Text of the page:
Breast Augmentation Surgery – A Complete Consumer Guide
Breast augmentation is one of the most commonly performed cosmetic plastic surgery procedures in America. Each year, hundreds of thousands of women opt to enhance the appearance of their bustlines with the insertion of breast implants into the breast mounds to add volume and enhanced shapeliness.
Women opt for breast surgery for a variety of reasons. For example, some wish to increase the size of naturally small breasts, while others seek to correct disproportionate breasts or repair breasts following mastectomy or trauma to the chest.
Breast Augmentation Education and Consultation
If you are thinking about breast enhancement surgery, be sure to do some research and learn more about breast augmentation. Our Breast Implants Consumer Guide can provide you with valuable information as you consider your options.
Next, consult with a board-certified plastic surgeon and ask “Am I a candidate for breast implants?” During this consultation, the surgeon will perform an exam and listen carefully to your goals for surgery. It is important to be as clear as possible about what you want to achieve with the surgery and the exact look you desire.
Types of Breast Implants
If you decide to go ahead with surgery, one of the first questions you will have to ask yourself is, Which breast implant is right for me? However, you will not make this decision on your own. Your surgeon will help you decide the best implant type for you based on your body type and goals.
Breast implants come in two basic types: saline and silicone. Both types are composed of a rubbery silicone shell containing a filler material. Saline implants are filled with a saltwater solution, whereas silicone implants are filled with silicone gel. There are two types of silicone gel: cohesive gel and highly cohesive, form-stable gel. The latter is found in “gummy bear” implants, so named because they have the consistency of gummy bear candies.
One of the differences between the two types of implants is cost; saline breast implants are slightly cheaper than silicone implants. The implants also differ in the way they feel to the touch. Most people agree that silicone breast implants feel more natural than saline implants.
Both types of implants are approved by the Food and Drug Administration (FDA). For information about the approval history of implants, please visit our page on breast implants and the FDA.
Breast Implant Sizes and Shapes
In addition to the type of implants you wish to receive, you will need to make decisions about the size and shape of your implants. Your surgeon may ask you to “try on” different sizes and test them out using special devices and bras. One of the most common reasons women undergo revision breast augmentation is to receive larger implants, so take your time and be sure you are making the right choice the first time through.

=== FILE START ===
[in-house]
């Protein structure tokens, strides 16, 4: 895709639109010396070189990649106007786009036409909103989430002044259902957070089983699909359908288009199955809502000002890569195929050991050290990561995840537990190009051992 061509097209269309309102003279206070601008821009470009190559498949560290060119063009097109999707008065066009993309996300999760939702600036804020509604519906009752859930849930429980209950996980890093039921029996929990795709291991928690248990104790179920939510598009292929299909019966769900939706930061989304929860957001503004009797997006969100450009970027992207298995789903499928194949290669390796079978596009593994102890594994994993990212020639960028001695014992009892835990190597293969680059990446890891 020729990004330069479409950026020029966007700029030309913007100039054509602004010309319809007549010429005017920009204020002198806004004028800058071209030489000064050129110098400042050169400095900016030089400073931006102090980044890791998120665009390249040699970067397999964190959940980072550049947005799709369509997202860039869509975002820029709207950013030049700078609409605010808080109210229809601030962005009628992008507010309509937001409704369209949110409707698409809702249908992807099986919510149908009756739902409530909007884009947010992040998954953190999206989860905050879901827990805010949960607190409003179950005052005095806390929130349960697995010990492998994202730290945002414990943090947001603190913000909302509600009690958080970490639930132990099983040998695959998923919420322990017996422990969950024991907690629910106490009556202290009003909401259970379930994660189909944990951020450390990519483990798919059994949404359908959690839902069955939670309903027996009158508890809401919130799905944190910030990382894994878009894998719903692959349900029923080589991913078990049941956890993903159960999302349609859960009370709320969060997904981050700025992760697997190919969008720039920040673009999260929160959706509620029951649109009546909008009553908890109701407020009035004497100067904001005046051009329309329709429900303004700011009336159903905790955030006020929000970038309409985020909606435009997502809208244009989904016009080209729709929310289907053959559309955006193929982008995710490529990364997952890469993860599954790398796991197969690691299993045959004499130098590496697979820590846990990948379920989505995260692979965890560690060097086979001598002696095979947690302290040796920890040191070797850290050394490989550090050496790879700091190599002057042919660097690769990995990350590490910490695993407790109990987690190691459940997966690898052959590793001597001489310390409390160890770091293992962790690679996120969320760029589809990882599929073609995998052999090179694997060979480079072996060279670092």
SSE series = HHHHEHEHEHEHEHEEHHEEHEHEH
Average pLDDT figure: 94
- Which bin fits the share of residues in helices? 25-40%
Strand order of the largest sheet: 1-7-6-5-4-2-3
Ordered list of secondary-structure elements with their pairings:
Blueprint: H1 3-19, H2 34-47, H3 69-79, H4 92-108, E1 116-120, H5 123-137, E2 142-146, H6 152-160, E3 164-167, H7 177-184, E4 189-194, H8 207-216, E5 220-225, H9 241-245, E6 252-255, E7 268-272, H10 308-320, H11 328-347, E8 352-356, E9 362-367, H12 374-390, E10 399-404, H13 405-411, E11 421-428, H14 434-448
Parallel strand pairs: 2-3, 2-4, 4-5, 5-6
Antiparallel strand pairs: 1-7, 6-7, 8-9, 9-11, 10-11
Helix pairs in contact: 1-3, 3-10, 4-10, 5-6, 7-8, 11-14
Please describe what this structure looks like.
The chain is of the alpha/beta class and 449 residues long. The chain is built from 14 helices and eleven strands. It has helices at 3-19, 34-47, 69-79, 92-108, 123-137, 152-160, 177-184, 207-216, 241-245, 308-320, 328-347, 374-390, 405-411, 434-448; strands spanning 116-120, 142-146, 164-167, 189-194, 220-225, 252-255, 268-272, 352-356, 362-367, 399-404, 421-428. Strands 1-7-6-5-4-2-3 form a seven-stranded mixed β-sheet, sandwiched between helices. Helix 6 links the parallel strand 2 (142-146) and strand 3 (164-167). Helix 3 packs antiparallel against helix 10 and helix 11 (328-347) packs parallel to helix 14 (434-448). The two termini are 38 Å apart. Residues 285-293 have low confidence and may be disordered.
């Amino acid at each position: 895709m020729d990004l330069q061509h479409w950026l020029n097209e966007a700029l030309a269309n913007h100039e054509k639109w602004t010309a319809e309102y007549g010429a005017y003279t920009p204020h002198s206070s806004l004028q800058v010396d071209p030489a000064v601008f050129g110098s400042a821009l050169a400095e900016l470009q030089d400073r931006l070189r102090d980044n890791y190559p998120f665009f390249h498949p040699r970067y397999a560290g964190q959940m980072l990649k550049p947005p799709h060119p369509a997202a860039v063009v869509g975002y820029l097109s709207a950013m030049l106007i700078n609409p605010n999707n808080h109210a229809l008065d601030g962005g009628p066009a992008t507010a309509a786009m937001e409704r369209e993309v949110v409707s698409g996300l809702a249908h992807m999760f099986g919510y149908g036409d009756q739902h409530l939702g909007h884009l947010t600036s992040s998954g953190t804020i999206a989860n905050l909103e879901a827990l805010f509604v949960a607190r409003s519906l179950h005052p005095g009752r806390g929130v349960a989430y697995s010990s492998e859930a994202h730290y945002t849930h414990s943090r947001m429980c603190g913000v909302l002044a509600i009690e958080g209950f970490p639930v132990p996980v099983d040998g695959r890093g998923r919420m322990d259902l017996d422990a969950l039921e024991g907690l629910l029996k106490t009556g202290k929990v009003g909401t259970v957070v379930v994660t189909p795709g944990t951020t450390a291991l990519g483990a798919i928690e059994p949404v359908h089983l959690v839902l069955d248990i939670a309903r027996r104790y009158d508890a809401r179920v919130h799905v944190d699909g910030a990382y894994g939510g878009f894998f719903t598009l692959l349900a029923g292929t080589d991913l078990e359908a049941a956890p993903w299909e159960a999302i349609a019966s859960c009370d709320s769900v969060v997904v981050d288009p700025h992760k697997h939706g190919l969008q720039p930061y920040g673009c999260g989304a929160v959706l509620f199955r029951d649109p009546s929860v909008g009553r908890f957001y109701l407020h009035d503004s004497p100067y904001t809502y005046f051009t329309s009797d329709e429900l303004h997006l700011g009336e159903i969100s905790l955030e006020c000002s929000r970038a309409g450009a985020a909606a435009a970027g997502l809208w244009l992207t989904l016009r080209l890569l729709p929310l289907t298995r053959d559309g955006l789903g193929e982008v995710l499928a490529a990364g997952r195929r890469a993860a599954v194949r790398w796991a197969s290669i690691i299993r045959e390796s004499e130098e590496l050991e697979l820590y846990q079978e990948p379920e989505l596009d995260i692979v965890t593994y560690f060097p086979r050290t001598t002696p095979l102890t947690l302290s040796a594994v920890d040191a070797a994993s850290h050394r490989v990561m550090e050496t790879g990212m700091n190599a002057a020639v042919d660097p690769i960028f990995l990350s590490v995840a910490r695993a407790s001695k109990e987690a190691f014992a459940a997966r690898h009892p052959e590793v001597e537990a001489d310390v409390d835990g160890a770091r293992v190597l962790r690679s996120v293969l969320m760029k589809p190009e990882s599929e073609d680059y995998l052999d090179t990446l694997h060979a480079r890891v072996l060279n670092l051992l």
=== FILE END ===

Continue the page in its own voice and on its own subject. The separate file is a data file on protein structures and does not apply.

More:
Implants also come in different shapes. Some implants are teardrop-shaped for a more natural appearance, while others are rounded for a fuller look at the top of the breasts. Again, your surgeon will help you choose the shape that will help you attain the look you want.
How Is Breast Augmentation Performed?
Breast augmentation is typically performed as an outpatient procedure at a surgical suite or hospital. General anesthesia or conscious sedation with a local anesthetic are most often used during breast augmentation. The surgery takes one to three hours to perform based on the nature and extent of the surgery and whether or not it is being performed as a standalone procedure or in conjunction with another surgery.
To begin the procedure, an incision is made in one of four primary locations:
- Under the breast (inframammary incision)
- Around the nipple (periareolar incision)
- In the arm pit (transaxillary incision), or
- In the navel area (transumbilical or TUBA incision).
After the incision, a special surgical tool will be used to fashion a pocket so that the implant can be inserted. There are three primary positions where the implants can be placed:
- Subglandular or above the pectoral muscles
- Partial submuscular or partially behind the muscles
- Complete submuscular or completely behind the muscles
In addition to working out the details of your breast augmentation, your surgeon should also provide you with a comprehensive list of what you can and can’t do before your breast augmentation surgery, information on what to expect during your recovery, a list of augmentation risks (including capsular contracture), and cost information.
Other Types of Breast Surgery
In addition to breast augmentation, women often seek other types of breast enhancement surgery, including breast lift, breast reduction and nipple surgery.
Breast lift is performed to correct drooping, sagging breasts. In performing this procedure, the surgeon removes excess skin to raise the breasts higher on the chest. Breast lift is often part of a mommy makeover, a combination procedure to help mothers regain a more youthful appearance following the rigors of pregnancy and childbirth.
Breast reduction is a procedure in which excessively large breasts are reduced in volume by means of the surgical removal of breast tissue and skin.
Nipple surgery is performed to correct nipples that are too large, too small or mismatched.
Regardless of the type of surgery you might be considering, be sure to consult with a board-certified plastic surgeon who is certified by the American Board of Plastic Surgery. Visit our directory to find a surgeon near you.